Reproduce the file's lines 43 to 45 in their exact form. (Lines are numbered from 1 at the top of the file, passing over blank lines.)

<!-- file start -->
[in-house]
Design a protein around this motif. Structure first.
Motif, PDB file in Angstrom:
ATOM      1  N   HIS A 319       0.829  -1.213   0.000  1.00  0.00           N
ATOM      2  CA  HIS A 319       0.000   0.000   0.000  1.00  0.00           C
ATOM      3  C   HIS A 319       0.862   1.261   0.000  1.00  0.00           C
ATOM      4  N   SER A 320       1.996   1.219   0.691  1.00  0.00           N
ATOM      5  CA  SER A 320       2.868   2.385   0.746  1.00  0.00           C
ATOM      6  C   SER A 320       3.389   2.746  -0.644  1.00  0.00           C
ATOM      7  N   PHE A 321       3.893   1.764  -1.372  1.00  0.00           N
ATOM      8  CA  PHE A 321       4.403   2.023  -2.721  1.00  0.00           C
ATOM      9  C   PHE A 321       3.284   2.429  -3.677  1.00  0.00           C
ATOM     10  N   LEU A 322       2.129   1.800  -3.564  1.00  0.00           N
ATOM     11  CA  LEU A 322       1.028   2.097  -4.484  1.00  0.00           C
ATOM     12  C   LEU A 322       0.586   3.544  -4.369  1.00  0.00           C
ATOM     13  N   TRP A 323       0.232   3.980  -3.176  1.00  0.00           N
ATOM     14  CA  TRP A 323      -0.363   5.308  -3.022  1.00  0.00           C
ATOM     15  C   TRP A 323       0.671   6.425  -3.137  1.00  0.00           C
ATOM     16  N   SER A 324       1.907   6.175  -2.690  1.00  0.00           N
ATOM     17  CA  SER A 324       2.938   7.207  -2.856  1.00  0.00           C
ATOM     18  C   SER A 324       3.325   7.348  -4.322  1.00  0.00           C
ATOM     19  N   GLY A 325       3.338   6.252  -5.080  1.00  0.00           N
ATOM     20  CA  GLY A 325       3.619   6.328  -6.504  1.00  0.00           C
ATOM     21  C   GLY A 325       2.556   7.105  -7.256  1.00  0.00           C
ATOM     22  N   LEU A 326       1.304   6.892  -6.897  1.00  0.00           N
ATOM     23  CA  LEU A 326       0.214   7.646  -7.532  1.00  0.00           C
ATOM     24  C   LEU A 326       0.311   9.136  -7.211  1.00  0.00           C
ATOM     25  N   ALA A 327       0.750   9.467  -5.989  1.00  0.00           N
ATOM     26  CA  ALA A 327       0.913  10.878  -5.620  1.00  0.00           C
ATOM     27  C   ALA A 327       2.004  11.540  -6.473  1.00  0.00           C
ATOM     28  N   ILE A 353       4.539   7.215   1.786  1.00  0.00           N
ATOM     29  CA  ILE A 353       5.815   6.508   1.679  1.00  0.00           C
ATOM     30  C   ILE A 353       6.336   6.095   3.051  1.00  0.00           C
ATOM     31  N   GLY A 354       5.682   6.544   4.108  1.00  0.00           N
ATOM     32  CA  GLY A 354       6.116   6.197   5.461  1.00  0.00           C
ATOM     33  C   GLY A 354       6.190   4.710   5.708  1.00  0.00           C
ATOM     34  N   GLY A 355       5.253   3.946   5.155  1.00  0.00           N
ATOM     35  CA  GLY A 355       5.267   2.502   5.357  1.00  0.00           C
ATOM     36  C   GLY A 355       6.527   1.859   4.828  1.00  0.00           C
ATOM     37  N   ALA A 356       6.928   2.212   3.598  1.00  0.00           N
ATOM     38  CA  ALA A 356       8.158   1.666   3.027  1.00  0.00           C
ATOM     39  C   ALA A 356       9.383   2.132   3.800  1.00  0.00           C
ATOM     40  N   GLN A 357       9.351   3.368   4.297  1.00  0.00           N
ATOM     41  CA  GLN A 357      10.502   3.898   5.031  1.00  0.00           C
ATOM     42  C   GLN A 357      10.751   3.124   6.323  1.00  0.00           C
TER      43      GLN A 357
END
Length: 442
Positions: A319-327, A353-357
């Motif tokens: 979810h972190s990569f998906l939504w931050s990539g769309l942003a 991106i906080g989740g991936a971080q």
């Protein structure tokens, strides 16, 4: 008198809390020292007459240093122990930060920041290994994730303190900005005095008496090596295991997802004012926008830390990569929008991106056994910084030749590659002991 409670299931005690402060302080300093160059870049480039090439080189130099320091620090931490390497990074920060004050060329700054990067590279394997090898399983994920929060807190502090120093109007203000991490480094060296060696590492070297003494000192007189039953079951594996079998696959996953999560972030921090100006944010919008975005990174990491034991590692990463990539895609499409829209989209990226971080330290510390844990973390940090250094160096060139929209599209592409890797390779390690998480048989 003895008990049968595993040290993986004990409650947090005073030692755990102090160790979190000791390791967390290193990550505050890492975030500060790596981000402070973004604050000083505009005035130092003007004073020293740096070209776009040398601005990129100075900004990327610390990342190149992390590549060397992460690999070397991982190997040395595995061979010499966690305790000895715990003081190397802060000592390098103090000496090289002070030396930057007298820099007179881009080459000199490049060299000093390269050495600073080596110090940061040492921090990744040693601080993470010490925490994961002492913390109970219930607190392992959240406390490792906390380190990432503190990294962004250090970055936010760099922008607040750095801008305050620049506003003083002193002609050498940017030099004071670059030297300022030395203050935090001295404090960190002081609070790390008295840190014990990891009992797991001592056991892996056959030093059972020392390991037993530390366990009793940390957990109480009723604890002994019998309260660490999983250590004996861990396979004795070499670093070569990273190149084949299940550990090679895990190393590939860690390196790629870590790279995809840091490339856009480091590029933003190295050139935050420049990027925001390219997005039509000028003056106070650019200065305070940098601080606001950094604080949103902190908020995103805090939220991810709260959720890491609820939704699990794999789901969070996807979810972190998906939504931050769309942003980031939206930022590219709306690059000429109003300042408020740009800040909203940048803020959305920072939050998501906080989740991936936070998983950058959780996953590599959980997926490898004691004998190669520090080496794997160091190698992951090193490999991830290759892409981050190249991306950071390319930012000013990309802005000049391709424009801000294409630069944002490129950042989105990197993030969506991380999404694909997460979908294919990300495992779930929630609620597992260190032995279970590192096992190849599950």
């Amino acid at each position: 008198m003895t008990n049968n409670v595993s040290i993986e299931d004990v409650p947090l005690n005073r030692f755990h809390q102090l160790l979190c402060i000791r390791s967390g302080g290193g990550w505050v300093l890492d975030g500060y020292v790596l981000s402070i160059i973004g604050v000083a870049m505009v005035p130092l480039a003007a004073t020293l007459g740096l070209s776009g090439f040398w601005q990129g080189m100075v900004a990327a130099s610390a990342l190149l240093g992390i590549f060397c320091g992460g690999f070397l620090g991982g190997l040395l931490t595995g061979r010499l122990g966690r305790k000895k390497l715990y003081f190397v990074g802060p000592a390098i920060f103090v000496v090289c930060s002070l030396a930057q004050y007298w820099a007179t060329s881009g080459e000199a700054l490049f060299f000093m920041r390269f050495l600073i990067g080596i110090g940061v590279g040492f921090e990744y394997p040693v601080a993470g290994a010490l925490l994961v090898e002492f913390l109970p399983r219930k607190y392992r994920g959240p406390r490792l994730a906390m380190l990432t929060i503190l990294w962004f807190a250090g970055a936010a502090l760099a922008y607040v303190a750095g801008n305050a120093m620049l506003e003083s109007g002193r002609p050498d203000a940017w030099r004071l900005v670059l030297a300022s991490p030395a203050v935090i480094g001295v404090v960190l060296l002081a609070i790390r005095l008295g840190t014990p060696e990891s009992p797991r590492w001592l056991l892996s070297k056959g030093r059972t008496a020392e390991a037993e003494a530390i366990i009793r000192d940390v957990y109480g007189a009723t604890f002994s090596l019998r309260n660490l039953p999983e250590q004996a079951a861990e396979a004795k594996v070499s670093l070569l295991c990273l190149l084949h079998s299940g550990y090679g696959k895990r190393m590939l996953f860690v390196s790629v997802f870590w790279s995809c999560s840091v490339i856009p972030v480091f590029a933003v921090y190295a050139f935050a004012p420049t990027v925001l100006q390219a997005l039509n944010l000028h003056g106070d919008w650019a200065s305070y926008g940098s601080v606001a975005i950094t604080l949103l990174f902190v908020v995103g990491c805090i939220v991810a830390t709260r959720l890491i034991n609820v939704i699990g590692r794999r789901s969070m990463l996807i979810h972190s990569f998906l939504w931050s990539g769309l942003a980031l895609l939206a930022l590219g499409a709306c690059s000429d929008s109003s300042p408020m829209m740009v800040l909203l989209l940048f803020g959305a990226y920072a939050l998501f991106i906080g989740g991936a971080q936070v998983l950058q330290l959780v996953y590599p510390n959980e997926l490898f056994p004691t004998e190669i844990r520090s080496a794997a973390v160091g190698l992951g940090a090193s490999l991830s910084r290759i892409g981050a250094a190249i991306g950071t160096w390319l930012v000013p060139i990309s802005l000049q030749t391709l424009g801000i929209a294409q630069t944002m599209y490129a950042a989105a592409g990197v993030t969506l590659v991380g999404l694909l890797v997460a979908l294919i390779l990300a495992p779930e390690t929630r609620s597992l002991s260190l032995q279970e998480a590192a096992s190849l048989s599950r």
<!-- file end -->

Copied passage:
ATOM     40  N   GLN A 357       9.351   3.368   4.297  1.00  0.00           N
ATOM     41  CA  GLN A 357      10.502   3.898   5.031  1.00  0.00           C
ATOM     42  C   GLN A 357      10.751   3.124   6.323  1.00  0.00           C